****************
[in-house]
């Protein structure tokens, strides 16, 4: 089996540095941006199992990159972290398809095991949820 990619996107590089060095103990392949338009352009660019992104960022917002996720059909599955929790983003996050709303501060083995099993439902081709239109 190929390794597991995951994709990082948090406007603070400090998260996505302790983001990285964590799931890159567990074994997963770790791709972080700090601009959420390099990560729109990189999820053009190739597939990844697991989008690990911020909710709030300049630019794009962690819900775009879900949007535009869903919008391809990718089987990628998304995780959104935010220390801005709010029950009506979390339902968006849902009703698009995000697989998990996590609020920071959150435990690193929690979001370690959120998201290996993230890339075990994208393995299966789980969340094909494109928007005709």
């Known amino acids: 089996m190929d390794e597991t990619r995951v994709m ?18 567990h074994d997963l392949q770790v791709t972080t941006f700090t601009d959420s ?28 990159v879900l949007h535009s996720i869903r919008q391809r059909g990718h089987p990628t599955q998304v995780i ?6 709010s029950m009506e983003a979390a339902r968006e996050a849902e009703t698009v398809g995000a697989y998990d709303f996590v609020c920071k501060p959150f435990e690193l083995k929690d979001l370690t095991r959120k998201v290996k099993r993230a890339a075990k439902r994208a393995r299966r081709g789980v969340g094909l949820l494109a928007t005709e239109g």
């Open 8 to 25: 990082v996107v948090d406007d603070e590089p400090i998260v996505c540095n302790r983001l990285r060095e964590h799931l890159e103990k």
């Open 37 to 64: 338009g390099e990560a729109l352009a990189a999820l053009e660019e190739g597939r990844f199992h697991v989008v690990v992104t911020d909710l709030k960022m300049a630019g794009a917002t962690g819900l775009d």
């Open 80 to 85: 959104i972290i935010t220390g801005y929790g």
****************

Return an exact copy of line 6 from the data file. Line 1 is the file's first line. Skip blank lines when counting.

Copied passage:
């Open 80 to 85: 959104i972290i935010t220390g801005y929790g």